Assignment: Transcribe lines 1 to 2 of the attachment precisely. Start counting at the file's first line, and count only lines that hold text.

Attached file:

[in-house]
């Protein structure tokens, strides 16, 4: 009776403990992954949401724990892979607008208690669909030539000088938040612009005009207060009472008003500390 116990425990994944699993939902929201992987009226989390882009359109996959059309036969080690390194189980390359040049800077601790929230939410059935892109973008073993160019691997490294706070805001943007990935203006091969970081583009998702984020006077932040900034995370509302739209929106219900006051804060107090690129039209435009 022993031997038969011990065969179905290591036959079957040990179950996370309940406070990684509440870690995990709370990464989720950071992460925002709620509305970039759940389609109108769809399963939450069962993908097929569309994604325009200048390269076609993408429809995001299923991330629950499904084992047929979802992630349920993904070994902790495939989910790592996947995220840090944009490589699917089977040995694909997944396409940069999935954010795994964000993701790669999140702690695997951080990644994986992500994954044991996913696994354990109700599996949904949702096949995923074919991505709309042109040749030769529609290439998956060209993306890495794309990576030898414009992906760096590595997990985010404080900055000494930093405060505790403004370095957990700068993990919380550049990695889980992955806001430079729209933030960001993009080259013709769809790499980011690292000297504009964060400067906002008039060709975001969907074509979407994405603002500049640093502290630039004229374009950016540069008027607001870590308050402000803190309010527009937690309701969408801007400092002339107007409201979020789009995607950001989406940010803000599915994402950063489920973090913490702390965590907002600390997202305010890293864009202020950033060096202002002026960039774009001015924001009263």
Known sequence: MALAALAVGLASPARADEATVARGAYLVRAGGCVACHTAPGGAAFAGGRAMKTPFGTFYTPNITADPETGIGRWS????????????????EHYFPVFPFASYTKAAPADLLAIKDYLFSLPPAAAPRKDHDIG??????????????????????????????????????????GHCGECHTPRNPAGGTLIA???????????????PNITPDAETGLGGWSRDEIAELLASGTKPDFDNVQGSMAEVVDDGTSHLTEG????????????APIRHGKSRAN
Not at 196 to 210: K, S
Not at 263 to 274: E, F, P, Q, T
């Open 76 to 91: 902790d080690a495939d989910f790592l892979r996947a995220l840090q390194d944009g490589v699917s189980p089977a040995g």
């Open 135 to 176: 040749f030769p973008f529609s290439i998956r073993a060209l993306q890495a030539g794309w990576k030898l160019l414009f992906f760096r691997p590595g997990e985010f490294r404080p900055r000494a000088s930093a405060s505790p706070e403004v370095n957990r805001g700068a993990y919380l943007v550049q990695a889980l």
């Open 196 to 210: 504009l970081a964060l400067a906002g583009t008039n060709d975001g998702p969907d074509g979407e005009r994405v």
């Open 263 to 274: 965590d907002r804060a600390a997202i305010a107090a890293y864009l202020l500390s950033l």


[in-house]
């Protein structure tokens, strides 16, 4: 009776403990992954949401724990892979607008208690669909030539000088938040612009005009207060009472008003500390 116990425990994944699993939902929201992987009226989390882009359109996959059309036969080690390194189980390359040049800077601790929230939410059935892109973008073993160019691997490294706070805001943007990935203006091969970081583009998702984020006077932040900034995370509302739209929106219900006051804060107090690129039209435009 022993031997038969011990065969179905290591036959079957040990179950996370309940406070990684509440870690995990709370990464989720950071992460925002709620509305970039759940389609109108769809399963939450069962993908097929569309994604325009200048390269076609993408429809995001299923991330629950499904084992047929979802992630349920993904070994902790495939989910790592996947995220840090944009490589699917089977040995694909997944396409940069999935954010795994964000993701790669999140702690695997951080990644994986992500994954044991996913696994354990109700599996949904949702096949995923074919991505709309042109040749030769529609290439998956060209993306890495794309990576030898414009992906760096590595997990985010404080900055000494930093405060505790403004370095957990700068993990919380550049990695889980992955806001430079729209933030960001993009080259013709769809790499980011690292000297504009964060400067906002008039060709975001969907074509979407994405603002500049640093502290630039004229374009950016540069008027607001870590308050402000803190309010527009937690309701969408801007400092002339107007409201979020789009995607950001989406940010803000599915994402950063489920973090913490702390965590907002600390997202305010890293864009202020950033060096202002002026960039774009001015924001009263």